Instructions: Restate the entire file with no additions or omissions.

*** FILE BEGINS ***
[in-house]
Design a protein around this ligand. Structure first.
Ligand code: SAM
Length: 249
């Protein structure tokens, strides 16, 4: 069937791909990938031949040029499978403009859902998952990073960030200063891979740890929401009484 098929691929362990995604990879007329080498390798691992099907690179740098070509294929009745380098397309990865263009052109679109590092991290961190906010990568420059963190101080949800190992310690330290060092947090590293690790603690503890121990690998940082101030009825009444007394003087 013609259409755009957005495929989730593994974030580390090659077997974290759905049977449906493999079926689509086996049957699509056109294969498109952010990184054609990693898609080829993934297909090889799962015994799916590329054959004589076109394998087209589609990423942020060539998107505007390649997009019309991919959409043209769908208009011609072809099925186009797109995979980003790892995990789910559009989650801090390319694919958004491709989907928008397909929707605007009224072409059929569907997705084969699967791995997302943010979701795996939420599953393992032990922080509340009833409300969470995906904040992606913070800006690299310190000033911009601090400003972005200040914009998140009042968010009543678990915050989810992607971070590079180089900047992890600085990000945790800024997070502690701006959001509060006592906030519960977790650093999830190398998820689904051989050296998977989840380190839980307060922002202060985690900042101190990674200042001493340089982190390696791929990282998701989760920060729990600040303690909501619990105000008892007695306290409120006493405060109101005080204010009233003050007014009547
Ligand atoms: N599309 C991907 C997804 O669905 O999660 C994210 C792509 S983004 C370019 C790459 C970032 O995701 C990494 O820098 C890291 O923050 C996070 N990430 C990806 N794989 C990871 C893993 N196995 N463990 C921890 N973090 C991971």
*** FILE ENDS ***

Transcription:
[in-house]
Design a protein around this ligand. Structure first.
Ligand code: SAM
Length: 249
């Protein structure tokens, strides 16, 4: 069937791909990938031949040029499978403009859902998952990073960030200063891979740890929401009484 098929691929362990995604990879007329080498390798691992099907690179740098070509294929009745380098397309990865263009052109679109590092991290961190906010990568420059963190101080949800190992310690330290060092947090590293690790603690503890121990690998940082101030009825009444007394003087 013609259409755009957005495929989730593994974030580390090659077997974290759905049977449906493999079926689509086996049957699509056109294969498109952010990184054609990693898609080829993934297909090889799962015994799916590329054959004589076109394998087209589609990423942020060539998107505007390649997009019309991919959409043209769908208009011609072809099925186009797109995979980003790892995990789910559009989650801090390319694919958004491709989907928008397909929707605007009224072409059929569907997705084969699967791995997302943010979701795996939420599953393992032990922080509340009833409300969470995906904040992606913070800006690299310190000033911009601090400003972005200040914009998140009042968010009543678990915050989810992607971070590079180089900047992890600085990000945790800024997070502690701006959001509060006592906030519960977790650093999830190398998820689904051989050296998977989840380190839980307060922002202060985690900042101190990674200042001493340089982190390696791929990282998701989760920060729990600040303690909501619990105000008892007695306290409120006493405060109101005080204010009233003050007014009547
Ligand atoms: N599309 C991907 C997804 O669905 O999660 C994210 C792509 S983004 C370019 C790459 C970032 O995701 C990494 O820098 C890291 O923050 C996070 N990430 C990806 N794989 C990871 C893993 N196995 N463990 C921890 N973090 C991971």